July 20th, 2021 Council Meeting Notes - DEI
Public Comments were extensive. While council meetings seldom have a specific purpose or focus, this meeting was the 3rd reading of Kate Schlademan’s resolution to request financial and council support of community wide dialog on Diversity, Equity and Inclusion.
Original Proposal here: http://hudson.legistar.com/gateway.aspx?M=F&ID=de46cc85-1e4d-41b6-9f00-5a9160985f96.pdf
A bit short of 2 hours of Public Comments debating the proposal. This item was removed (withdrawn) from the agenda by a vote of 4 to 2, with Nicole Kowalski and Kate Schlademan voting to keep the item on the agenda, but table it to October 19th. Hal DeSaussure, Beth Bigham, Skylar Sutton, and I voting to have the item withdrawn. Bill Wooldredge was not in attendance at the meeting. Kate Schlademan made a statement that she will likely reintroduce this again even though it was removed from the agenda.
The reason for my position, directly, is that government is not in the business of determining education on processes of thought. If city council is to be non-partisan, it should focus on financial issues and city development. I am not your father, I am not your priest, I am not your philosophy teacher.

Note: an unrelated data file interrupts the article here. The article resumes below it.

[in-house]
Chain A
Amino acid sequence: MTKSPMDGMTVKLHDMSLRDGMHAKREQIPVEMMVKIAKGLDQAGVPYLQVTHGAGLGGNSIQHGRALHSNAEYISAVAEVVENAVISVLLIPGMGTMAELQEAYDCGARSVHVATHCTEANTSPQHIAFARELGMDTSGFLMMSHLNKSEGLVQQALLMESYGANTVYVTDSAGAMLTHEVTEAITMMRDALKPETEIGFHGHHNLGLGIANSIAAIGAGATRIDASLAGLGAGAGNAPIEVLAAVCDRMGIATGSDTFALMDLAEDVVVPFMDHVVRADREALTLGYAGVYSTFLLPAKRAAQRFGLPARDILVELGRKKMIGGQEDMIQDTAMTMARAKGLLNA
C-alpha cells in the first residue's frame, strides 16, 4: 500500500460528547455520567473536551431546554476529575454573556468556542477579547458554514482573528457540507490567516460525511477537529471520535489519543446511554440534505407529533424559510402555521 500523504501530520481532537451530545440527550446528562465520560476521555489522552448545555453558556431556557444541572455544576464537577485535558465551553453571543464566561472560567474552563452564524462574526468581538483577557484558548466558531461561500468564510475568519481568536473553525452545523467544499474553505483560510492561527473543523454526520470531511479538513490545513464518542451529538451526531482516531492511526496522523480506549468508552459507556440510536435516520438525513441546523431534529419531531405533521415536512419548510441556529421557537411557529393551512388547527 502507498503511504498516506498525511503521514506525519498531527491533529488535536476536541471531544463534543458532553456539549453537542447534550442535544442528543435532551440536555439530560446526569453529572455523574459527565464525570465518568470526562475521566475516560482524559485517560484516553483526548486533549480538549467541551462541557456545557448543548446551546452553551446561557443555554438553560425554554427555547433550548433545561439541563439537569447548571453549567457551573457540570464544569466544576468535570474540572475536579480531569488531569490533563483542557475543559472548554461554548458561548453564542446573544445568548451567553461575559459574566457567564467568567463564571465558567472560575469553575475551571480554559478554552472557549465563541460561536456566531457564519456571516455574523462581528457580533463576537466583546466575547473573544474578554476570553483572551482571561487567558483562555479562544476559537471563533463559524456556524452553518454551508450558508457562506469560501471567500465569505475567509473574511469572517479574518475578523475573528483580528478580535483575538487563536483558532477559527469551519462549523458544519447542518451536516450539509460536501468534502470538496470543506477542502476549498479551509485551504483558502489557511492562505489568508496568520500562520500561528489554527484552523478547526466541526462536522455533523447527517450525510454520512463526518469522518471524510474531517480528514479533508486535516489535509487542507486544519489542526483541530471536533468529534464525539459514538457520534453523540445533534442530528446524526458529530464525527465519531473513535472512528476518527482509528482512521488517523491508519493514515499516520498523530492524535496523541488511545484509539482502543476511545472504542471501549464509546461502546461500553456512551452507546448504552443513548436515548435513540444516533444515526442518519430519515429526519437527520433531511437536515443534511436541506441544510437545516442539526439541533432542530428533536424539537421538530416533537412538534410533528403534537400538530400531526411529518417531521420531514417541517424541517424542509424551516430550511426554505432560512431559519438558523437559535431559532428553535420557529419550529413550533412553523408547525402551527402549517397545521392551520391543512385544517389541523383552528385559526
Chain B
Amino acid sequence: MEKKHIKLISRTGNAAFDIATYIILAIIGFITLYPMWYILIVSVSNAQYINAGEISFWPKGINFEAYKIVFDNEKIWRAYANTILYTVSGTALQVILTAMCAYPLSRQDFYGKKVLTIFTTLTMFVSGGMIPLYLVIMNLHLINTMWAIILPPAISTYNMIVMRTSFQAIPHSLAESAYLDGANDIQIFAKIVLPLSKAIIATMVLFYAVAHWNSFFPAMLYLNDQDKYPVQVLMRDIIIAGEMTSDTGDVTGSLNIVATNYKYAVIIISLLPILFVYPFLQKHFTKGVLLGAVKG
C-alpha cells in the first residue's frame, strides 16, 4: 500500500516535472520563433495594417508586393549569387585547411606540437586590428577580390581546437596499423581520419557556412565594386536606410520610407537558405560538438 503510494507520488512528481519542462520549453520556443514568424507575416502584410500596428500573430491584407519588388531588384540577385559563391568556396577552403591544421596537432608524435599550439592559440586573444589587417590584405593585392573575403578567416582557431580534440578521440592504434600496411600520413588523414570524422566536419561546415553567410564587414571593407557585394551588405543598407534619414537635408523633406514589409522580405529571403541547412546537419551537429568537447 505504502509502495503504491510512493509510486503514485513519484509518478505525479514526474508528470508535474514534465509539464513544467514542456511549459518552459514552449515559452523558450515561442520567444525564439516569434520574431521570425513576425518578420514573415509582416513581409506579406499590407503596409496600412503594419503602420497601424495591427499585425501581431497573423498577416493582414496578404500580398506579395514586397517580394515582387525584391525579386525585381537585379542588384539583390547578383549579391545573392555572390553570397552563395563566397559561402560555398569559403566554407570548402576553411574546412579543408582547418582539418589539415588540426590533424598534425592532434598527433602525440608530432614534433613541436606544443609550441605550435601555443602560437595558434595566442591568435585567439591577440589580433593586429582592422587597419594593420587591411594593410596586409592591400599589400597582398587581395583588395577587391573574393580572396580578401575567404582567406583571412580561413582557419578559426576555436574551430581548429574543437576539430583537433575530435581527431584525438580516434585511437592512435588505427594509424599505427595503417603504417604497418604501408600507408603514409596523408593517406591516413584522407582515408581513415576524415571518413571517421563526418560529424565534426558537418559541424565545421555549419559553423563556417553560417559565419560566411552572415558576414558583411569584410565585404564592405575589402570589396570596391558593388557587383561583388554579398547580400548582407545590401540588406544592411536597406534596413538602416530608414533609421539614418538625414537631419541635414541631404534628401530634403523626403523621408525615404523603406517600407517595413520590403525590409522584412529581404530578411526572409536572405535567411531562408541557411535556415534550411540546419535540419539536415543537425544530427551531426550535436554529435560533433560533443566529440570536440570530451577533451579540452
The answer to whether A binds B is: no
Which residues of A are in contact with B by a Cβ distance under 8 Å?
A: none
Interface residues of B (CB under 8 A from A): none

If you want to understand my thought process as a person (rather than a councilmember), I am happy to share it. I do not believe in identity politics. They divide us. I believe in racial philosophies that revolve around color-blindness. And before critics go off about that statement, the case for colorblindness does not mean we do not recognize race. It means we all deserve equal treatment ‘without regard to race’. I also do not believe people change by force. They change because they choose to self-educate.
My self education has included the following list of books (and my opinion of them).
1: Ibram X Kendi – How to be an Antiracist. Identity politics at its core. The most divisive book I read and openly critical of the foundational arguments of Dr Martin Luther King. I am a big supporter of Conversations with Coleman, who wrote an open letter to Ibram Kendi and discussed that in one of his podcasts. That podcast is on youtube and linked below. It is 20 minutes long and amazingly well stated.
2: Robin DiAngelo – White Fragility. I learned some things from this book. It is also comfortably in the core of Identity Politics, which is built off many of the tenants of Critical Race Theory from the field of legal studies that came up in the late 70’s and 1980’s.
3: Peter Wood - 1620: A Critical Response to the 1619 Project. This is a bit longer and a difficult read if you have not read the 1619 project itself, but it deconstructs fallacies in the 1619 project which are factually historically incorrect. If you hear the term “revisionist history”, much of it is based on the 1619 project attempting to change our understanding of history. While debunking some of the 1619 project, it also provides insight into racial realities of the time – which were not always kind.
4: Thomas Sowell – Intellectuals and Race. I could list a few books by Thomas Sowell in my library but this was by far the best. Well worth reading. I will also mention I started reading Maverick: A biography of Thomas Sowell by Jason Riley recently.